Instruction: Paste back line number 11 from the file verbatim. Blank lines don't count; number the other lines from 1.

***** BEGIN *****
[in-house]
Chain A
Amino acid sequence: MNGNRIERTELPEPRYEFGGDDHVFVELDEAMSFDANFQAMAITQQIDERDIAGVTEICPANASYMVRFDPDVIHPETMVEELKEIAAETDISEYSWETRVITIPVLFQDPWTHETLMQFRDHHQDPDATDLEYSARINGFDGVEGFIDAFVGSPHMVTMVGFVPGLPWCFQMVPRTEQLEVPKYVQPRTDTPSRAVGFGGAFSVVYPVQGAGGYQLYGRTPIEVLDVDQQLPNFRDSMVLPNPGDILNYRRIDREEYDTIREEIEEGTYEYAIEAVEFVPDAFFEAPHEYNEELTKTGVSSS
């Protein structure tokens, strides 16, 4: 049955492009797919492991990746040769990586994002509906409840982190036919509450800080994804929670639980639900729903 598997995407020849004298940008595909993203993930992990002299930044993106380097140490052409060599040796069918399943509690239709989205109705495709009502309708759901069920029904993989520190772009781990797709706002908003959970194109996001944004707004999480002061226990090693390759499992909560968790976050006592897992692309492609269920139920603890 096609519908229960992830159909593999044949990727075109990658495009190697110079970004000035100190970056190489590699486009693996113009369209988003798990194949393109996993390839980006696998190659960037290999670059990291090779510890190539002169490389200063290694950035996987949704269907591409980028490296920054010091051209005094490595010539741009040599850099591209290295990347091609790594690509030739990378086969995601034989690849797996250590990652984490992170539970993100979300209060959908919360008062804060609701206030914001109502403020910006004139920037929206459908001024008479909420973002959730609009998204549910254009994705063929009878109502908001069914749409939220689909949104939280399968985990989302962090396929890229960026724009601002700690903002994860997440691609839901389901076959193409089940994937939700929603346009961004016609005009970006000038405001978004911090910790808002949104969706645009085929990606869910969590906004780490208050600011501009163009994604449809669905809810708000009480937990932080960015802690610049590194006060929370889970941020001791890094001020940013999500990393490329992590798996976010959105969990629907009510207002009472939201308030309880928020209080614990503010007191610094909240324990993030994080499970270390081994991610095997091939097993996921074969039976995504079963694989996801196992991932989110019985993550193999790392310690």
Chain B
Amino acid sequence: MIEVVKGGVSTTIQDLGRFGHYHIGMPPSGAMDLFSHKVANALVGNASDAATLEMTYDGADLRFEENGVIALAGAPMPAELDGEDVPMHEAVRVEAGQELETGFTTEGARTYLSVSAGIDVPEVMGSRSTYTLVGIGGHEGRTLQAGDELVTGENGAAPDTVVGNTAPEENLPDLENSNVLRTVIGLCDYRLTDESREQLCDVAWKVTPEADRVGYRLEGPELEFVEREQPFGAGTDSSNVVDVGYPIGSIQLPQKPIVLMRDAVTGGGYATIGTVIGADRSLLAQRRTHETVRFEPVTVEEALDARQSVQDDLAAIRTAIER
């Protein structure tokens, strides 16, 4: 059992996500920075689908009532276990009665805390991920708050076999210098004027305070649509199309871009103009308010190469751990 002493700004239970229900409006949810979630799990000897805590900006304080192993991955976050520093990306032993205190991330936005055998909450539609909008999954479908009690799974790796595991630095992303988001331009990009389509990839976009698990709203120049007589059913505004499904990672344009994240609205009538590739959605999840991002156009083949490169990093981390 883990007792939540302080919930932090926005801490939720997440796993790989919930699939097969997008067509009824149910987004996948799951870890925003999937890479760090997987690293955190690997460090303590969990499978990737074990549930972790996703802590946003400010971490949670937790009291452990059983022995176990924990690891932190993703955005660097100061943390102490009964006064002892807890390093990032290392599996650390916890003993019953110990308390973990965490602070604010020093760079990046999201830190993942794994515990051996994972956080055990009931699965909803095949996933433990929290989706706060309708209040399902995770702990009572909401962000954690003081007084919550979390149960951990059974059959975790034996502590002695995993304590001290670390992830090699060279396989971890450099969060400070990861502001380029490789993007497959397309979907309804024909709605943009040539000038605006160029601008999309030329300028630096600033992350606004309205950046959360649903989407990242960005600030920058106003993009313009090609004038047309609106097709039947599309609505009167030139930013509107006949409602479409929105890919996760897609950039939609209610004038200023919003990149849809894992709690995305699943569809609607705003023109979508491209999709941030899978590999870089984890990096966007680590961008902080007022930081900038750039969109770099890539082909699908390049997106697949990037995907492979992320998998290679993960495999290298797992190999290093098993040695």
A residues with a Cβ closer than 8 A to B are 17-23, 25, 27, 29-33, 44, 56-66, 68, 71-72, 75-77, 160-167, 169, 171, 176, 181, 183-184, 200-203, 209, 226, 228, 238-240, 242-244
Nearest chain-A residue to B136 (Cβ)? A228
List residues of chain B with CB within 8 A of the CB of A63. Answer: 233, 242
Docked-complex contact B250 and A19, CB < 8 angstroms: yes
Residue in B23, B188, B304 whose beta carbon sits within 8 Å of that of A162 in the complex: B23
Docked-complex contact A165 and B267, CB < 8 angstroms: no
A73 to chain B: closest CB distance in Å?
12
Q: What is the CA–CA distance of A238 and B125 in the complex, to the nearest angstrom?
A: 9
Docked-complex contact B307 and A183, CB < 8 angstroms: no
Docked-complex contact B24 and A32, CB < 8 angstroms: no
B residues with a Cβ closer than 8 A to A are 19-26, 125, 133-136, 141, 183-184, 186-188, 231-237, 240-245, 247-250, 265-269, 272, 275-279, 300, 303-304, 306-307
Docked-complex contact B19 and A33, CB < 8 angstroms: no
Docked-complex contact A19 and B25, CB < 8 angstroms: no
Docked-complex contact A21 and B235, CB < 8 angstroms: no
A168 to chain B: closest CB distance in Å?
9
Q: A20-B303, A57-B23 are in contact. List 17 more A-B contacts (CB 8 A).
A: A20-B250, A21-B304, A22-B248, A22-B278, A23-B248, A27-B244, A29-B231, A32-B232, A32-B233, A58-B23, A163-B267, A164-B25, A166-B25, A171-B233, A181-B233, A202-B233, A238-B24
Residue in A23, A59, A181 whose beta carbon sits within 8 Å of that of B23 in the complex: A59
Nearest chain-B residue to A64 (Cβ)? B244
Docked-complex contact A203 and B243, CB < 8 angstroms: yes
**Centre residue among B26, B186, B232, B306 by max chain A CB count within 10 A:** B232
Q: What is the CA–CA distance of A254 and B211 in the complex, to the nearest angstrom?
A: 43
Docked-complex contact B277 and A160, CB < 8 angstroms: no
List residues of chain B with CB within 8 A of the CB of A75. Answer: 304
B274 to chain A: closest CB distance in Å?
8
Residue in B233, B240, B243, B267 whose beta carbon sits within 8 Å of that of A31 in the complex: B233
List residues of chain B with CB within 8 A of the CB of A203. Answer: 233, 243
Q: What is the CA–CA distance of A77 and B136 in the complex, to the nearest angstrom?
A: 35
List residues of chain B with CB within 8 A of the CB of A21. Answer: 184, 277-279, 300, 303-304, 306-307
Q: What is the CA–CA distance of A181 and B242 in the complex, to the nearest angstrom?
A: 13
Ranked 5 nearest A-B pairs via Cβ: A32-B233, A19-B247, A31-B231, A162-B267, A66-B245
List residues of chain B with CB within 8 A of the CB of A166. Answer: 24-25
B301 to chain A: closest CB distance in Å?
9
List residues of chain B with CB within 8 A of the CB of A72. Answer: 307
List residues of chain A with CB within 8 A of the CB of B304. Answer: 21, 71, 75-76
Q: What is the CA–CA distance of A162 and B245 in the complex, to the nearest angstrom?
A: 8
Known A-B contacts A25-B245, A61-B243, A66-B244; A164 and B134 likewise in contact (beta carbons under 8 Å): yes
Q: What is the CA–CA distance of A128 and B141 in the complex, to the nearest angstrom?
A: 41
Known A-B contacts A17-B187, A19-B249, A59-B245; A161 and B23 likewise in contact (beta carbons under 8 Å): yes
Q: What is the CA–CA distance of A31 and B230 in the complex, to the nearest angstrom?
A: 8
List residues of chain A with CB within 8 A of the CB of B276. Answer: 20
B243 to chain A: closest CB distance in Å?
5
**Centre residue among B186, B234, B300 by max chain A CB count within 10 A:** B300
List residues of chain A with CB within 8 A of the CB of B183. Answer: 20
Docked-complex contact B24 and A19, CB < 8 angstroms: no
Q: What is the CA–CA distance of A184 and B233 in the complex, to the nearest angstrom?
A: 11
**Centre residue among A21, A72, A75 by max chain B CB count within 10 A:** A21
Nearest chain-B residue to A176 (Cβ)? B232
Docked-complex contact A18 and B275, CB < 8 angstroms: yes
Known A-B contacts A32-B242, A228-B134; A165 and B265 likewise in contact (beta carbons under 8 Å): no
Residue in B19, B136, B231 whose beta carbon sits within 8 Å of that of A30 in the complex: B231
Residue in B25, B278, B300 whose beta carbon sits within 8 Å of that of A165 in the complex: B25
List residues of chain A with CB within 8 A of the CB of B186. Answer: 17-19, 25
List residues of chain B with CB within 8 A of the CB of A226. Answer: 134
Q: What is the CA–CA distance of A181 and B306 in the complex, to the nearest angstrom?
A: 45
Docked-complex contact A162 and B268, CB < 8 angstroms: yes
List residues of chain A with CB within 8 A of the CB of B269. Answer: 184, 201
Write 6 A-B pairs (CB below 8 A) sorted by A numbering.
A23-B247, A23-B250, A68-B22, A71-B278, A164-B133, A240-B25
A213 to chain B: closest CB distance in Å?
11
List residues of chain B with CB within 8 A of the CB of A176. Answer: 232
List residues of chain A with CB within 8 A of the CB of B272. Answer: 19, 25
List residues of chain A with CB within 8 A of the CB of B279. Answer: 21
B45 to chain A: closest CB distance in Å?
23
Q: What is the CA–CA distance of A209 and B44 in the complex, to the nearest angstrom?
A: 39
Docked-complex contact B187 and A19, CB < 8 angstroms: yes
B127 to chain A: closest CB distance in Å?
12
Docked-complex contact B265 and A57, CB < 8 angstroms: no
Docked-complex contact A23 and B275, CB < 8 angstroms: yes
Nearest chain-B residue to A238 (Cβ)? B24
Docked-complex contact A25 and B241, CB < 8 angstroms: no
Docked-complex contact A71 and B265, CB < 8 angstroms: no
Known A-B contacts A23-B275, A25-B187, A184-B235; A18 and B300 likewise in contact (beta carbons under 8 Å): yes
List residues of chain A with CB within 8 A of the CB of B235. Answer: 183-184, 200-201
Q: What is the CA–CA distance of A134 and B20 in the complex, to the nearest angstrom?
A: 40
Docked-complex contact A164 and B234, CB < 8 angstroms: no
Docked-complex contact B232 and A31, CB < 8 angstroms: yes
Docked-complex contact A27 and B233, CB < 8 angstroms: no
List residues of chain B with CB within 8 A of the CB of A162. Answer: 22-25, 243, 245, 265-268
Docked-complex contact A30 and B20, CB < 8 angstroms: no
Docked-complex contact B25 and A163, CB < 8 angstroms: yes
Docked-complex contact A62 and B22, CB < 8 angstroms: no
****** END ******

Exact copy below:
Docked-complex contact B250 and A19, CB < 8 angstroms: yes